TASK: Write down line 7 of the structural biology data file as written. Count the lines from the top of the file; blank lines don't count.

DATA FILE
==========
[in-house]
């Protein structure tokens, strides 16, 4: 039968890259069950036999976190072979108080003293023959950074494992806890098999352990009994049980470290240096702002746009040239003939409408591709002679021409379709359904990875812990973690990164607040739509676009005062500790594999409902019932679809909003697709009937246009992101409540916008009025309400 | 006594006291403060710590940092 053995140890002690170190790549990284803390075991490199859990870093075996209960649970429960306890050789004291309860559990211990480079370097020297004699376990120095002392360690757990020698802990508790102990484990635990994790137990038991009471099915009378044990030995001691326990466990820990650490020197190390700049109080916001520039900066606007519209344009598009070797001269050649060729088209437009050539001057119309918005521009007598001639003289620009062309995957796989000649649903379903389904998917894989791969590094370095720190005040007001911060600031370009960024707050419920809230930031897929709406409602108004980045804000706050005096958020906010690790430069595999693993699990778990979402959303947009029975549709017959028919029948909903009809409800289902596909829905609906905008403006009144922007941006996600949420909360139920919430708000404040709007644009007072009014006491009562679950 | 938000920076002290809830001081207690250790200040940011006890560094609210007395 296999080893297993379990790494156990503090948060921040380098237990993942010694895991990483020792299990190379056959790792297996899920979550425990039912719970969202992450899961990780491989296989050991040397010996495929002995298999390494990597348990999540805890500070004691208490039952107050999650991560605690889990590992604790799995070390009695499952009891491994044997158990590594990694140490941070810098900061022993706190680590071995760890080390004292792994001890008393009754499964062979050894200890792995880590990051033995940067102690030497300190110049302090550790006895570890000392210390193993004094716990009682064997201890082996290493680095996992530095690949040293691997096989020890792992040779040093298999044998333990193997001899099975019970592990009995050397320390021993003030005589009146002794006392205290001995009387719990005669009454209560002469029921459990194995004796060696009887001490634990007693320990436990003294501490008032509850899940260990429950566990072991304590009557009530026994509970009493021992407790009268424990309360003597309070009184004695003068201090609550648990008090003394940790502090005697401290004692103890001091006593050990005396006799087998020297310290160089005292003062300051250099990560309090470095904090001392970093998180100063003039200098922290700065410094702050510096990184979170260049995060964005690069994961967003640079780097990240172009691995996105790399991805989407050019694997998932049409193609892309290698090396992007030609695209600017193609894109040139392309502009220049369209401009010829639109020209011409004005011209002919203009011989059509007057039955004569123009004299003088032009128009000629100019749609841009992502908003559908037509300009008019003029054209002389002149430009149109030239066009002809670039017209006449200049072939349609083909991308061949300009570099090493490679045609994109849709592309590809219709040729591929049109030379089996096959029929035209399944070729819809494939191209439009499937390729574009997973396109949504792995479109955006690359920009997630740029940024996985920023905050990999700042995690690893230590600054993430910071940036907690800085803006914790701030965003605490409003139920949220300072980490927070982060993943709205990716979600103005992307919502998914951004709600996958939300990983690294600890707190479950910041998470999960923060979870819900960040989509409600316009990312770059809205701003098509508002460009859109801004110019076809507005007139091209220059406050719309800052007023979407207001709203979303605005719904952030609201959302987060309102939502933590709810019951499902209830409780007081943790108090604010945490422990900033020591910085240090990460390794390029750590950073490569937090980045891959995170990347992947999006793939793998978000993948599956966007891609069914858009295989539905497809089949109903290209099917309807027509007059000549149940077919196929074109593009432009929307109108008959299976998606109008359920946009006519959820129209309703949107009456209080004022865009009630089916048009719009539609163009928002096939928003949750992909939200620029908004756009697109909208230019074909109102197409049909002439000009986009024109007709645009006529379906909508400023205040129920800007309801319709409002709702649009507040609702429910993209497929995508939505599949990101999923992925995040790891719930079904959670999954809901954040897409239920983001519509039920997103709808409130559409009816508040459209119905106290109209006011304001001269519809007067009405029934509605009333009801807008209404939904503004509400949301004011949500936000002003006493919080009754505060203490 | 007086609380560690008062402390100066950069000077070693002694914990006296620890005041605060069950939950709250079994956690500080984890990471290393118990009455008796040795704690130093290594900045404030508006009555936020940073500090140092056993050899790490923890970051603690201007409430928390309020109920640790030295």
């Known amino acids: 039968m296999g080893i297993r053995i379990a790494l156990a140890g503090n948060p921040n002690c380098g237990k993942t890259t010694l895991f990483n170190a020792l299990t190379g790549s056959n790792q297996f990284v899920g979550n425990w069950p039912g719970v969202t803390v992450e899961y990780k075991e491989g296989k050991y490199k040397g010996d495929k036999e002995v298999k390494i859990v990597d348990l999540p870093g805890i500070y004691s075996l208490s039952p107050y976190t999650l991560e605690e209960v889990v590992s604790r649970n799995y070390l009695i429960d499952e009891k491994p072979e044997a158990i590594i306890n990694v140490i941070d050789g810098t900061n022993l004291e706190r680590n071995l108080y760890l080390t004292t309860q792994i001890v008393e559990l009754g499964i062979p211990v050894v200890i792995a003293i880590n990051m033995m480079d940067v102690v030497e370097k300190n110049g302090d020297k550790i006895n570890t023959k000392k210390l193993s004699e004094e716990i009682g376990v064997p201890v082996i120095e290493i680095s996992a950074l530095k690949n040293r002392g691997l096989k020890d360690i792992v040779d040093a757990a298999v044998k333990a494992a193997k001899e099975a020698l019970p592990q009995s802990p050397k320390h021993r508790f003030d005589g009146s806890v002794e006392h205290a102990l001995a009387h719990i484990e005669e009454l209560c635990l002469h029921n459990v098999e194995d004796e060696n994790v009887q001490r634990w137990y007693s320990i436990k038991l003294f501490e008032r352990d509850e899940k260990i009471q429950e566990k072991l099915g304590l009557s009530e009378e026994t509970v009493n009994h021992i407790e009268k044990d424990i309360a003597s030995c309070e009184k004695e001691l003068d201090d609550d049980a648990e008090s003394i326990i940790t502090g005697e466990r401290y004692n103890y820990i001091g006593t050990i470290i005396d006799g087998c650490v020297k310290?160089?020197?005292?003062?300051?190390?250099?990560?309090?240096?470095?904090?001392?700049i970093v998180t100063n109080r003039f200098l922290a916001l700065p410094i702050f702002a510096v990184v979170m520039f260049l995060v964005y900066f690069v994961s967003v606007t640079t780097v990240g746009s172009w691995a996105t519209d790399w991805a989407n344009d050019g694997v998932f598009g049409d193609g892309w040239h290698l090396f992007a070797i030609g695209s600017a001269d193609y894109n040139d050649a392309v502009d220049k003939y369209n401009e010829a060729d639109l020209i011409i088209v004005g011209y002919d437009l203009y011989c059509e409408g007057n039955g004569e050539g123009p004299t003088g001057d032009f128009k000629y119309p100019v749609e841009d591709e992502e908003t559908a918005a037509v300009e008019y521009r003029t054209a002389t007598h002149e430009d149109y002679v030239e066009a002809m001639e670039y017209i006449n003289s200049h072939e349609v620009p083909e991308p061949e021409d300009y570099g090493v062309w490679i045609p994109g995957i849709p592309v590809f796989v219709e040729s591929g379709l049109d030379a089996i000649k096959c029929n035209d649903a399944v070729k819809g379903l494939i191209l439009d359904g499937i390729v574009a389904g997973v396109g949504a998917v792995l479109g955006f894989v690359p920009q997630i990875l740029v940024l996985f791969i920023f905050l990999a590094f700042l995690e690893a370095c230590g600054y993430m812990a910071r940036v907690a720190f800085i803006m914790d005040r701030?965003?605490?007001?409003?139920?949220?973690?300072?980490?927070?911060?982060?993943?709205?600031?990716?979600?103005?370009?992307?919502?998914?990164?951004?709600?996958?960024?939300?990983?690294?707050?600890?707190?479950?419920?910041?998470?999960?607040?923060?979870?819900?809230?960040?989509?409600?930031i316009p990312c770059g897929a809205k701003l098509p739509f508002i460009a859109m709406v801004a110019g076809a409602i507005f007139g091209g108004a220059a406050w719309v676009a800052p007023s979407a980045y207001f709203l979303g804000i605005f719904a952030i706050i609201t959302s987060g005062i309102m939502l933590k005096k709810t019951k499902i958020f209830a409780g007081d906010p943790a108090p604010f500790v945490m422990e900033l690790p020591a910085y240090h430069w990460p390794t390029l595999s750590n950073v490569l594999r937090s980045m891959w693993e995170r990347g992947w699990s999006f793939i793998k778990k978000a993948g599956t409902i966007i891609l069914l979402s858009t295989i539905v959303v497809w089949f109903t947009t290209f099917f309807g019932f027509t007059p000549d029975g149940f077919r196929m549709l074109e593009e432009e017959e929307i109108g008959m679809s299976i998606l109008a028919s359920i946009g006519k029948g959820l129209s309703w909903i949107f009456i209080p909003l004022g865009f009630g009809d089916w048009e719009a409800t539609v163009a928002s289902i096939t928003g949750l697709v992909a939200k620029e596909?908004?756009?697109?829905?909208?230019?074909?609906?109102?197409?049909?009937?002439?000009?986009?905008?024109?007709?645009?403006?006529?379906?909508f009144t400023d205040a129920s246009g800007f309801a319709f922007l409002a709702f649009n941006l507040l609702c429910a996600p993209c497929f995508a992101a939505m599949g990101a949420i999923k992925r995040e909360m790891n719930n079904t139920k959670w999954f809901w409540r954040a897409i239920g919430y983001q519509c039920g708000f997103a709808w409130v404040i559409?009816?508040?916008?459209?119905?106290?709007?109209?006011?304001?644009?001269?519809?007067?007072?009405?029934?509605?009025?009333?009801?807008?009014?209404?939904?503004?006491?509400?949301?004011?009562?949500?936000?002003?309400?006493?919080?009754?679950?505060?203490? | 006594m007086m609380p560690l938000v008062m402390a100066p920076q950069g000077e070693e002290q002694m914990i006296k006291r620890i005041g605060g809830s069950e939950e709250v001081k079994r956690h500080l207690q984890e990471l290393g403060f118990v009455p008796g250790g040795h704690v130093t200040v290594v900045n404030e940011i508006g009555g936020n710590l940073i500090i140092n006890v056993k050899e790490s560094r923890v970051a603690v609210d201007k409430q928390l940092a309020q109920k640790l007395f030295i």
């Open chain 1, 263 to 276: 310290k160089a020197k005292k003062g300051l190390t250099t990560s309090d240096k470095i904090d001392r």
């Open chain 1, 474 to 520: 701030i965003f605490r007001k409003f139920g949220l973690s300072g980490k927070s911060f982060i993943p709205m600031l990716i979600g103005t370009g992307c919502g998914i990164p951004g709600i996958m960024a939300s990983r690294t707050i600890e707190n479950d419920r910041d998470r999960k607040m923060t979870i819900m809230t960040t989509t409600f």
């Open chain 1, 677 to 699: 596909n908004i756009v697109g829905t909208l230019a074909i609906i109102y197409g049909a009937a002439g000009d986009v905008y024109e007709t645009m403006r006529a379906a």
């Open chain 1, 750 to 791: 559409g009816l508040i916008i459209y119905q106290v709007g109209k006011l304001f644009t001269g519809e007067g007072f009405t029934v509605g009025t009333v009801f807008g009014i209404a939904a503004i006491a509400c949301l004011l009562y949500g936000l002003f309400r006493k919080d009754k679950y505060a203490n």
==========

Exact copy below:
């Open chain 1, 750 to 791: 559409g009816l508040i916008i459209y119905q106290v709007g109209k006011l304001f644009t001269g519809e007067g007072f009405t029934v509605g009025t009333v009801f807008g009014i209404a939904a503004i006491a509400c949301l004011l009562y949500g936000l002003f309400r006493k919080d009754k679950y505060a203490n």